Writing content for your business can be a difficult skill to master. But there is one question that, if you can answer it well, can make content writing a whole lot easier, and that is ‘who are you writing for?

Why it’s important to know who you’re writing for

If you can hone in on your ideal client or audience, your content will become less chaotic, more focussed, and will be able to attract the right people to your business.

Picture this: you walk into a room full of people and start randomly talking to them about your business. Most of them aren’t interested – they smile and nod politely, but they think you’re a bit odd, and they make a mental note to avoid you in the future. They certainly won’t buy from you, or recommend you to their friends.

Now, enter that room again, filled with the same people. This time, seek out the ones who you know are looking for your product or service. When you talk to them about what you do, they are already engaged because they’re already seeking out someone just like you to help them to solve a problem.

Do you see the vast difference? By targeting your message to suit your ideal client, you’ve saved yourself a lot of time and effort in talking to people who don’t want your product and instead have likely secured a new client.

But how do you know who your ideal client is, and what can you do to make sure your content is written in the right way to find them?

Identifying your target audience

Start by asking yourself who are you aiming to attract; or to put it another way, who are the people who will most likely buy your product or service?

Think about what it is that you’re offering and who it could solve a problem for. Something you might want to remember is that people don’t buy products – they buy solutions, so start there. Here are some examples of what I mean:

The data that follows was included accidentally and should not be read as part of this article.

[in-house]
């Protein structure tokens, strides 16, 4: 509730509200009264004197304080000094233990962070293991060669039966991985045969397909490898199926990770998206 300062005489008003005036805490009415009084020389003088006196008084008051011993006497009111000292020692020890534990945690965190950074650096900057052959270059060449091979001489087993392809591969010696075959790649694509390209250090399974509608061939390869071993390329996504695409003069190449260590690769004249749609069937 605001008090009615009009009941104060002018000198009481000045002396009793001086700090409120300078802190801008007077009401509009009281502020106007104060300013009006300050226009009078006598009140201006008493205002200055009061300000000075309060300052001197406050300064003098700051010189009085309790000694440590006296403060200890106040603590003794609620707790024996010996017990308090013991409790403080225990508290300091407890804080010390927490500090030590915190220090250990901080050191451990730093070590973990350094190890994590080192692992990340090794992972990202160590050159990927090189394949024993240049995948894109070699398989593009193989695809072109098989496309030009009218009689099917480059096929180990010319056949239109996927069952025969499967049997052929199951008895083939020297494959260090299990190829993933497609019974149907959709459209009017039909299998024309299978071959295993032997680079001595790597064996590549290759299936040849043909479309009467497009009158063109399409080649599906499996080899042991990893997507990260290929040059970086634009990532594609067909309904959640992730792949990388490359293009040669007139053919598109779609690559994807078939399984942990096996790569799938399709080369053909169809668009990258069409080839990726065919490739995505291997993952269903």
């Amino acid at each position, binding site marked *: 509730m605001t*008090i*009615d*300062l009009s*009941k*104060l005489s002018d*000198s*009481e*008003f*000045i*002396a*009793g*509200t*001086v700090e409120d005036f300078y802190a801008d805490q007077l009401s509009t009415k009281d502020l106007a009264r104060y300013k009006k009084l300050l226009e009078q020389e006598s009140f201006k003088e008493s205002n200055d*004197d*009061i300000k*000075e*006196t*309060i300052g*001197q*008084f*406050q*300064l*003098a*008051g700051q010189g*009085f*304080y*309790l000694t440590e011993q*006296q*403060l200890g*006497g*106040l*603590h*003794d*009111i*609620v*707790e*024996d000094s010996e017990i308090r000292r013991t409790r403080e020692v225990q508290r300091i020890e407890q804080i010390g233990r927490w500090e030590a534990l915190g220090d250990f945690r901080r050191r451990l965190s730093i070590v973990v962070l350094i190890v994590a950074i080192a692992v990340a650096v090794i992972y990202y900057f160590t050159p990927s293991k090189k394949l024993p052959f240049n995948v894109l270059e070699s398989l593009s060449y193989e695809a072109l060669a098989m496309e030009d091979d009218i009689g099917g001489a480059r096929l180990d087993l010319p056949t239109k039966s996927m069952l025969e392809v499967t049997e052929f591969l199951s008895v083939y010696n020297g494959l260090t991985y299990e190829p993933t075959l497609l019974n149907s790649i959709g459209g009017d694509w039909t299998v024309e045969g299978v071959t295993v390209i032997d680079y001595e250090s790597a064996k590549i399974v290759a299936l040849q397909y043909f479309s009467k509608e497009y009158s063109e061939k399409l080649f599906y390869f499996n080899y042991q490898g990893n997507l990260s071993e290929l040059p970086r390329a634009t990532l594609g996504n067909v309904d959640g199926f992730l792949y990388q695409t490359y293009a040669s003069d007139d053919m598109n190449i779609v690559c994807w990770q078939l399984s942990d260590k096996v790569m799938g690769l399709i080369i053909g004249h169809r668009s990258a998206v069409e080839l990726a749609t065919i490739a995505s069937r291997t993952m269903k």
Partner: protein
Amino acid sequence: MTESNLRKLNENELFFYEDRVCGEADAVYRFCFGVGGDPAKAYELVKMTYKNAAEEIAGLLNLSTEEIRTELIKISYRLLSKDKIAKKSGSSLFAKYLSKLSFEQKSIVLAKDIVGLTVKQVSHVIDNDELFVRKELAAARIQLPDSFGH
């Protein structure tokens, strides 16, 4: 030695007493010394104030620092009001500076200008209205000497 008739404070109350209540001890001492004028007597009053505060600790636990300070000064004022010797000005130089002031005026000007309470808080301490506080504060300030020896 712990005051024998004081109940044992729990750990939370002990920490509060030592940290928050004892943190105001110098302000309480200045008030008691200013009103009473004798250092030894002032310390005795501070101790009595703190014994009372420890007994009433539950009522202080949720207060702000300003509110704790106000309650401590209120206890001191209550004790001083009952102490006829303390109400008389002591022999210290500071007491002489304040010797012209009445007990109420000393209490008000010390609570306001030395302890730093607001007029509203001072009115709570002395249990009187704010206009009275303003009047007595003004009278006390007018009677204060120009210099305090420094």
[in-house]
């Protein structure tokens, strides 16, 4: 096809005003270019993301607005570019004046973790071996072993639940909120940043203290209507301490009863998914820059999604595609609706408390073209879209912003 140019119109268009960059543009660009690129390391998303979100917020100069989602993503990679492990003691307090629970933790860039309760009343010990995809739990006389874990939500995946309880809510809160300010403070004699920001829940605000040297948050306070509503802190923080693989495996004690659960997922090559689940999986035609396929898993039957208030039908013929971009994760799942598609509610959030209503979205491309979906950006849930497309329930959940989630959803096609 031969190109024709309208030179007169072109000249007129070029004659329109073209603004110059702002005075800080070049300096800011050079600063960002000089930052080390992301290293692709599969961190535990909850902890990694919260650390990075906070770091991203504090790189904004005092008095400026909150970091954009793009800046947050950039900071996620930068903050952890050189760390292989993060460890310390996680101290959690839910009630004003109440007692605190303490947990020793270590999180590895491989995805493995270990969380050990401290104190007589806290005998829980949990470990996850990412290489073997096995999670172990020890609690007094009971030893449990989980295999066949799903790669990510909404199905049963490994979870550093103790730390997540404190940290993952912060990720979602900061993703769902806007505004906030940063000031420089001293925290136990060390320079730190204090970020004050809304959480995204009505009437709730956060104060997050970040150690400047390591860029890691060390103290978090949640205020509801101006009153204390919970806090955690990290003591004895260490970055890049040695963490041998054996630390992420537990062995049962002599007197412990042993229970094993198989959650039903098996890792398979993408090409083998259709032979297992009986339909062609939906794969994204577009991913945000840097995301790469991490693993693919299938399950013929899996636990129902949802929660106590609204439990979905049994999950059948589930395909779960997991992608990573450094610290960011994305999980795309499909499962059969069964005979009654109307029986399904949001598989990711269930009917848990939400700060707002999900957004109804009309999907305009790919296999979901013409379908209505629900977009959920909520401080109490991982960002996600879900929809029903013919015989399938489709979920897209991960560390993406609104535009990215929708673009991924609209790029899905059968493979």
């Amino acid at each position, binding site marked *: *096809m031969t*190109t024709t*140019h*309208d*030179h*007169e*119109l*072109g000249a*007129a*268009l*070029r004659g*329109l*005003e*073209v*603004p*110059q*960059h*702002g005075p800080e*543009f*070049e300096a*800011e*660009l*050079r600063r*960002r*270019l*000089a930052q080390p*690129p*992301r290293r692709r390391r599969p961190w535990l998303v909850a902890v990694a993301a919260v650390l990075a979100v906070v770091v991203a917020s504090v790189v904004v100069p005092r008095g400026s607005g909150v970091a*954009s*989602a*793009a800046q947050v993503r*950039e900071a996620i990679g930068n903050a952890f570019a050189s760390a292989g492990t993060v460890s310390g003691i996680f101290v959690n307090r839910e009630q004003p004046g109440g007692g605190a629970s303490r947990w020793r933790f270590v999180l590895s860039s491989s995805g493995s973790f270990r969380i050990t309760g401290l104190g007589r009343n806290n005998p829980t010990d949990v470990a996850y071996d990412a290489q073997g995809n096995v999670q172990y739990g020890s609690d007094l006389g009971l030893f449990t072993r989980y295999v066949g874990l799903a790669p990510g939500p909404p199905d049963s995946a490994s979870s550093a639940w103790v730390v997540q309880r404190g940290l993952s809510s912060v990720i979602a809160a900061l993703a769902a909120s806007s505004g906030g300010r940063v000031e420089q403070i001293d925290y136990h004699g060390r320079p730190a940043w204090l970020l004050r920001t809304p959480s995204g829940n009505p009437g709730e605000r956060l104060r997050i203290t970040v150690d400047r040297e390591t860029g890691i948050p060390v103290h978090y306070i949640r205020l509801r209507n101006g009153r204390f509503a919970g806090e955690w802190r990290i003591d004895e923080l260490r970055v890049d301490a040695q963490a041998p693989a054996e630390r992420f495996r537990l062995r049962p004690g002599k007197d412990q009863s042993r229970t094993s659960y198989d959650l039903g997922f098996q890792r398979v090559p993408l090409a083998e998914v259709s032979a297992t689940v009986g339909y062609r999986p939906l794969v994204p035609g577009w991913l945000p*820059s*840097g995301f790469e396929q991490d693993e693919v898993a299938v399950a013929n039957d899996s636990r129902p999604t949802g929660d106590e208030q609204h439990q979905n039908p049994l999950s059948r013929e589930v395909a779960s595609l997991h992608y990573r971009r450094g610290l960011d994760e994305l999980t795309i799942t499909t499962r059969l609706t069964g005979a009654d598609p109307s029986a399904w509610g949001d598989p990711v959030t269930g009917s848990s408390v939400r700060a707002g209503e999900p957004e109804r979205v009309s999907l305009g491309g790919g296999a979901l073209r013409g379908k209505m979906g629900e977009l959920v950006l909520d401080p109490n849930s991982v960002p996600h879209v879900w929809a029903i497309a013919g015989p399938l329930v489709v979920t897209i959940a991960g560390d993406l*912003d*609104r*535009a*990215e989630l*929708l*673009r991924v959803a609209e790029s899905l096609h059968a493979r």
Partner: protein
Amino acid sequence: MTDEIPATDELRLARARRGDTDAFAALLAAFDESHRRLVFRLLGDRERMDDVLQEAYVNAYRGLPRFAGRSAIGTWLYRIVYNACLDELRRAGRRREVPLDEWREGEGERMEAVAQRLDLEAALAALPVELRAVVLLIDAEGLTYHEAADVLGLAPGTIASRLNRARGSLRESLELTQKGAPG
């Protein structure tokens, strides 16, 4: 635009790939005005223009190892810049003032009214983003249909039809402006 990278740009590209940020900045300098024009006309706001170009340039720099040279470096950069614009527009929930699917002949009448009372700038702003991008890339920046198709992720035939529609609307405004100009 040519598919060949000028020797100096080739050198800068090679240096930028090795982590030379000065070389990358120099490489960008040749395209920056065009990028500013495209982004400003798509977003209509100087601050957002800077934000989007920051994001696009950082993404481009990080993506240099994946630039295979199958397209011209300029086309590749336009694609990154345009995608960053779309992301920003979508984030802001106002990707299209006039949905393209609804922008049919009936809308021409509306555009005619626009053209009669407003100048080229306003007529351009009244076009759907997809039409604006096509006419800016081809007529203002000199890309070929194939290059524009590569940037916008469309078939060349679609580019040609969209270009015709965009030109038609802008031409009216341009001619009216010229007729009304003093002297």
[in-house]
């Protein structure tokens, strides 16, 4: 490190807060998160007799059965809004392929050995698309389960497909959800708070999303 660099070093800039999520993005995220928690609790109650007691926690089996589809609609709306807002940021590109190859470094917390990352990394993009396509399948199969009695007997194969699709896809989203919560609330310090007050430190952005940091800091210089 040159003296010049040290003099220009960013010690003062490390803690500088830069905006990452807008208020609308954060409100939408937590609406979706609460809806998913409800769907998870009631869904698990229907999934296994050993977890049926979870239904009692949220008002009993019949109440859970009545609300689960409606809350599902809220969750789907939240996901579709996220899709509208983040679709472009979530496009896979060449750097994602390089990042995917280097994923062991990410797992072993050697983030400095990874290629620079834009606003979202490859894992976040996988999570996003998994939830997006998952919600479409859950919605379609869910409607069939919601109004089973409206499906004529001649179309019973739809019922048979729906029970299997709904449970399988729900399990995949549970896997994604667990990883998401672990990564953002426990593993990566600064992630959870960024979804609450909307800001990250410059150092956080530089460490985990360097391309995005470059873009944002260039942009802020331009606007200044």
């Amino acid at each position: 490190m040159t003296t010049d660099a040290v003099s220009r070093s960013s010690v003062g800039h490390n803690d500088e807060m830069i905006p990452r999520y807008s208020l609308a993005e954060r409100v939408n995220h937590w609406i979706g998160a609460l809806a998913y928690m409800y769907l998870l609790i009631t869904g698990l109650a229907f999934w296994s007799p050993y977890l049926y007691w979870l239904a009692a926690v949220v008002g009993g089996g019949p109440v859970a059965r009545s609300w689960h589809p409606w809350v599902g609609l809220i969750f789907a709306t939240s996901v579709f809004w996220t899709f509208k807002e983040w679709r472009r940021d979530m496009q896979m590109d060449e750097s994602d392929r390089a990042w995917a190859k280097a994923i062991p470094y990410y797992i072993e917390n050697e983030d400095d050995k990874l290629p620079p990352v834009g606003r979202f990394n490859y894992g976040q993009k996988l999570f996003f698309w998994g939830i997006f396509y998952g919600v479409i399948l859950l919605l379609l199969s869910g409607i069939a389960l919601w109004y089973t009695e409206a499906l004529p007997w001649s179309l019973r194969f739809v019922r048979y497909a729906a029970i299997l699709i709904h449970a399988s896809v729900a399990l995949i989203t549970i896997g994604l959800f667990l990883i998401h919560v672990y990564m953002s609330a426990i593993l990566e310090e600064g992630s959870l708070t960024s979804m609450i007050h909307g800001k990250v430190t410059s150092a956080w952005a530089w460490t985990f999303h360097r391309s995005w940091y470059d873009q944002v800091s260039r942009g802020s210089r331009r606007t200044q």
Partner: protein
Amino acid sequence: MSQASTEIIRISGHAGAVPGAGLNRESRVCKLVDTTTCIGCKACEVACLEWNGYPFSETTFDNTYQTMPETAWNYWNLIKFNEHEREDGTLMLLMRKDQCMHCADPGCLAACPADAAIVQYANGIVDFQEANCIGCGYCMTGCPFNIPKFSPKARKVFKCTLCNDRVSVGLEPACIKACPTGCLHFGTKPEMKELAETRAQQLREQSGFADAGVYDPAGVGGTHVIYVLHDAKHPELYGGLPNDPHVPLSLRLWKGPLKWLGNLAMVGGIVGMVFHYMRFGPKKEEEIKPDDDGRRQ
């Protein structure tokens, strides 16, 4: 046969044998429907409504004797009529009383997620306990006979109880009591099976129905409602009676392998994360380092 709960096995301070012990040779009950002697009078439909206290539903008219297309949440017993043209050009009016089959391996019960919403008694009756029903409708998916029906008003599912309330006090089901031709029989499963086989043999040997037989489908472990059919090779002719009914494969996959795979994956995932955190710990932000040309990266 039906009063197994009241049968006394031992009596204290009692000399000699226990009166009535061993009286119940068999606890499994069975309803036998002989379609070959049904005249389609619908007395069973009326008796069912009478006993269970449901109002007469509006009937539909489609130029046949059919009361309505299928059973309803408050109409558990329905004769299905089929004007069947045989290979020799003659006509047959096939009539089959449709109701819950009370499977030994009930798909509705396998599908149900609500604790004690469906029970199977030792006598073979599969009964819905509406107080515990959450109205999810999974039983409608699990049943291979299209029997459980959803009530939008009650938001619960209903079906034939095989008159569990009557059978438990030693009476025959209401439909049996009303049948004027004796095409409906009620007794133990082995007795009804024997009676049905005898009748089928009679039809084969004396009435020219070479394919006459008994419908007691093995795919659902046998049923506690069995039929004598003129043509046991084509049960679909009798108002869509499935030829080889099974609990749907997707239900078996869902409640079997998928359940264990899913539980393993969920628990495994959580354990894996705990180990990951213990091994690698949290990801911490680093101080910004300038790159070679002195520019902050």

If you’re a web designer, what you offer is a way for business owners to become visible online with a well-designed website. It’s something that all businesses need – and that’s their pain point.

If you sell clothing, you’re giving people a product that everyone needs (we all need to dress!), but you might have a USP of a particular style, function (such as sportswear, or wedding attire), or type of clothing. So your audience would perhaps be brides-to-be (wedding dresses), runners (sportswear), or a younger audience of, say 20-something women (high-fashion items, pretty underwear, jewellery etc.).

Do you see what I’m getting at? That’s why it’s so important to have your ideal client in mind before you put pen to paper.

Narrowing down your ideal client

Of course, even if you know the type of audience you should be shooting for, that could still be quite a broad spectrum of people. Where the real magic happens is narrowing that down further, and having a specific client in mind that you can target – this not only helps you to find them in the first place, but lets you know the tone and language you should be using.

For this exercise, you might want to ask questions like: How old is my ideal client? Are they male or female? Are they single, or part of a family? Do they have children? Where do they live?

All of these things will influence your end copy. As it will let you be really specific in how you talk to them, and where you talk to them. You will get to know their specific needs, likes, and wants, and you can write your content accordingly.

Where to find your ideal clients

There’s another benefit to having a clear idea of who your perfect client is, and that’s knowing where they’re most likely to be. It’s pointless focussing all of your written content in Facebook posts if your audience doesn’t use Facebook. It’s simple to determine where your people hang out if you know who they are. Is your ideal client likely to be on Instagram? Then that’s where you should be. Do they prefer to search Google, and/or read blog posts? Then do that.

And don’t neglect mediums that don’t have an obvious written element – for example, both YouTube and Pinterest are searchable via Google, and so although they appear on the surface to be visual, they rely on SEO and well-written content to be found online. This can be a great way to enhance your online presence and get you ranking more highly on Google.

By getting clear on your ideal client, you’ll make things so much easier for yourself. It means that you’ll know what to say, how to say it, and where to focus – and once you get into the swing of it, your writing will begin to attract more of those perfect people to you.

Need to know more? Get in touch, I’ll be happy to guide you on all aspects of content creation.

About me: I’m Emma a copywriter and content manager based in Harrow, London. I have a passion for content and for creating amazing content for brands that have a strong sustainable, social and ethical ethos.